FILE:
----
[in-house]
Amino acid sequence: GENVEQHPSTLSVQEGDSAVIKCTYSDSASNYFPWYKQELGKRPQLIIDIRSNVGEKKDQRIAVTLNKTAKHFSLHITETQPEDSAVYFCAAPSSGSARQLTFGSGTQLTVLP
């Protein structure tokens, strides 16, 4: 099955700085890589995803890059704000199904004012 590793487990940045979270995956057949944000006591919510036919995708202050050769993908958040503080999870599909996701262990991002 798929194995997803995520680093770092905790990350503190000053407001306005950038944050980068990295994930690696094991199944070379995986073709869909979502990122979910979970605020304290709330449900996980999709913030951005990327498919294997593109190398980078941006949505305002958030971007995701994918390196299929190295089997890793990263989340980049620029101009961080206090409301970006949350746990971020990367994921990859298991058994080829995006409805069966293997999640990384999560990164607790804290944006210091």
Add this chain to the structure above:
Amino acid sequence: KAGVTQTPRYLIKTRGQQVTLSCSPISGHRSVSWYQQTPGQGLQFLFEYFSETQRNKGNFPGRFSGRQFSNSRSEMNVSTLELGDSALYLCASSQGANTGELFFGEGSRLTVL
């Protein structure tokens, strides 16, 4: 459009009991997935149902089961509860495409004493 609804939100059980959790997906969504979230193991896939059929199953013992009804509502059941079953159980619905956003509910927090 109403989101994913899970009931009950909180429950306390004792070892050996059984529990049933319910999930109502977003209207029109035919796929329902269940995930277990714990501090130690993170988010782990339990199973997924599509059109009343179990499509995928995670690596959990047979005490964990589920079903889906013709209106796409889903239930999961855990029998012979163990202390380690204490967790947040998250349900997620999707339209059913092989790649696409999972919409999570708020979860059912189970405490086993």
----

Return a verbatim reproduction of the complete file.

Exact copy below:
[in-house]
Amino acid sequence: GENVEQHPSTLSVQEGDSAVIKCTYSDSASNYFPWYKQELGKRPQLIIDIRSNVGEKKDQRIAVTLNKTAKHFSLHITETQPEDSAVYFCAAPSSGSARQLTFGSGTQLTVLP
């Protein structure tokens, strides 16, 4: 099955700085890589995803890059704000199904004012 590793487990940045979270995956057949944000006591919510036919995708202050050769993908958040503080999870599909996701262990991002 798929194995997803995520680093770092905790990350503190000053407001306005950038944050980068990295994930690696094991199944070379995986073709869909979502990122979910979970605020304290709330449900996980999709913030951005990327498919294997593109190398980078941006949505305002958030971007995701994918390196299929190295089997890793990263989340980049620029101009961080206090409301970006949350746990971020990367994921990859298991058994080829995006409805069966293997999640990384999560990164607790804290944006210091």
Add this chain to the structure above:
Amino acid sequence: KAGVTQTPRYLIKTRGQQVTLSCSPISGHRSVSWYQQTPGQGLQFLFEYFSETQRNKGNFPGRFSGRQFSNSRSEMNVSTLELGDSALYLCASSQGANTGELFFGEGSRLTVL
């Protein structure tokens, strides 16, 4: 459009009991997935149902089961509860495409004493 609804939100059980959790997906969504979230193991896939059929199953013992009804509502059941079953159980619905956003509910927090 109403989101994913899970009931009950909180429950306390004792070892050996059984529990049933319910999930109502977003209207029109035919796929329902269940995930277990714990501090130690993170988010782990339990199973997924599509059109009343179990499509995928995670690596959990047979005490964990589920079903889906013709209106796409889903239930999961855990029998012979163990202390380690204490967790947040998250349900997620999707339209059913092989790649696409999972919409999570708020979860059912189970405490086993």